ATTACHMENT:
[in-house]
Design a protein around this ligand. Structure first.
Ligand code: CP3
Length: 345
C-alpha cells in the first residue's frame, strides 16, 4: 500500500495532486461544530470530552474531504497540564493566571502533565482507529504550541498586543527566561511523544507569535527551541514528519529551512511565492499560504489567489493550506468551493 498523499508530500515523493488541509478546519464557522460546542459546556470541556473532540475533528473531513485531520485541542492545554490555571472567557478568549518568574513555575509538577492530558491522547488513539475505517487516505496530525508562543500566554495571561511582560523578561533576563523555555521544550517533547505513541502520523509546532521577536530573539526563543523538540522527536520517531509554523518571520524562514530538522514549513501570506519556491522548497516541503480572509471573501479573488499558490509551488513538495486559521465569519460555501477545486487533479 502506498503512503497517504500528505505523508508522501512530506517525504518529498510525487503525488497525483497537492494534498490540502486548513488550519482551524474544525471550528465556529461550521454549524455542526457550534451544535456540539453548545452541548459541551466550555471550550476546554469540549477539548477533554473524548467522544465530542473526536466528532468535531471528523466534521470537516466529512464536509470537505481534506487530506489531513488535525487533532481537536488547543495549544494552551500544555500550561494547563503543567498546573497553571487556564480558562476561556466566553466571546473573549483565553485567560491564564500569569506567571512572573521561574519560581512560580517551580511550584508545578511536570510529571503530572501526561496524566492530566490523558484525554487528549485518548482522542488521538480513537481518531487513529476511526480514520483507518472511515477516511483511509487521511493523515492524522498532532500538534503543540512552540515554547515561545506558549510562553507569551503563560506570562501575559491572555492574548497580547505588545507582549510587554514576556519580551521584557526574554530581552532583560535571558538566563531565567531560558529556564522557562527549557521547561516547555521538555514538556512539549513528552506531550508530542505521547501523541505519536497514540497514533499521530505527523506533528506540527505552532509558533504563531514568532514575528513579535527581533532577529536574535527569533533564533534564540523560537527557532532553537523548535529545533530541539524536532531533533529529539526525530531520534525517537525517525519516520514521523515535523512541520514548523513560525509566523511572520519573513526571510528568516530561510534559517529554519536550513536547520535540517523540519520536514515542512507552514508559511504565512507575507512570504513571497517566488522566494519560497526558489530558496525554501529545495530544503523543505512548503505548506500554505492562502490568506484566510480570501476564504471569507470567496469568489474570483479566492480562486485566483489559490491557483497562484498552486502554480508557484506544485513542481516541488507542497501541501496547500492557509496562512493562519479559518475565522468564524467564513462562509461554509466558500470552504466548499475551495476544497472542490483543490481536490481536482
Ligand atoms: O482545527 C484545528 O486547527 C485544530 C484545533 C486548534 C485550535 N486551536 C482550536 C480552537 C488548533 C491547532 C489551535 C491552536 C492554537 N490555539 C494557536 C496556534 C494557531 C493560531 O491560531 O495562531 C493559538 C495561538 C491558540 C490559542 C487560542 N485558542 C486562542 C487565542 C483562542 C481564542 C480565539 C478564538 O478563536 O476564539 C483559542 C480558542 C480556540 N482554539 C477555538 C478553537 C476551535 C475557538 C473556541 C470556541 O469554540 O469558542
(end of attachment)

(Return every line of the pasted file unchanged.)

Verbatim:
[in-house]
Design a protein around this ligand. Structure first.
Ligand code: CP3
Length: 345
C-alpha cells in the first residue's frame, strides 16, 4: 500500500495532486461544530470530552474531504497540564493566571502533565482507529504550541498586543527566561511523544507569535527551541514528519529551512511565492499560504489567489493550506468551493 498523499508530500515523493488541509478546519464557522460546542459546556470541556473532540475533528473531513485531520485541542492545554490555571472567557478568549518568574513555575509538577492530558491522547488513539475505517487516505496530525508562543500566554495571561511582560523578561533576563523555555521544550517533547505513541502520523509546532521577536530573539526563543523538540522527536520517531509554523518571520524562514530538522514549513501570506519556491522548497516541503480572509471573501479573488499558490509551488513538495486559521465569519460555501477545486487533479 502506498503512503497517504500528505505523508508522501512530506517525504518529498510525487503525488497525483497537492494534498490540502486548513488550519482551524474544525471550528465556529461550521454549524455542526457550534451544535456540539453548545452541548459541551466550555471550550476546554469540549477539548477533554473524548467522544465530542473526536466528532468535531471528523466534521470537516466529512464536509470537505481534506487530506489531513488535525487533532481537536488547543495549544494552551500544555500550561494547563503543567498546573497553571487556564480558562476561556466566553466571546473573549483565553485567560491564564500569569506567571512572573521561574519560581512560580517551580511550584508545578511536570510529571503530572501526561496524566492530566490523558484525554487528549485518548482522542488521538480513537481518531487513529476511526480514520483507518472511515477516511483511509487521511493523515492524522498532532500538534503543540512552540515554547515561545506558549510562553507569551503563560506570562501575559491572555492574548497580547505588545507582549510587554514576556519580551521584557526574554530581552532583560535571558538566563531565567531560558529556564522557562527549557521547561516547555521538555514538556512539549513528552506531550508530542505521547501523541505519536497514540497514533499521530505527523506533528506540527505552532509558533504563531514568532514575528513579535527581533532577529536574535527569533533564533534564540523560537527557532532553537523548535529545533530541539524536532531533533529529539526525530531520534525517537525517525519516520514521523515535523512541520514548523513560525509566523511572520519573513526571510528568516530561510534559517529554519536550513536547520535540517523540519520536514515542512507552514508559511504565512507575507512570504513571497517566488522566494519560497526558489530558496525554501529545495530544503523543505512548503505548506500554505492562502490568506484566510480570501476564504471569507470567496469568489474570483479566492480562486485566483489559490491557483497562484498552486502554480508557484506544485513542481516541488507542497501541501496547500492557509496562512493562519479559518475565522468564524467564513462562509461554509466558500470552504466548499475551495476544497472542490483543490481536490481536482
Ligand atoms: O482545527 C484545528 O486547527 C485544530 C484545533 C486548534 C485550535 N486551536 C482550536 C480552537 C488548533 C491547532 C489551535 C491552536 C492554537 N490555539 C494557536 C496556534 C494557531 C493560531 O491560531 O495562531 C493559538 C495561538 C491558540 C490559542 C487560542 N485558542 C486562542 C487565542 C483562542 C481564542 C480565539 C478564538 O478563536 O476564539 C483559542 C480558542 C480556540 N482554539 C477555538 C478553537 C476551535 C475557538 C473556541 C470556541 O469554540 O469558542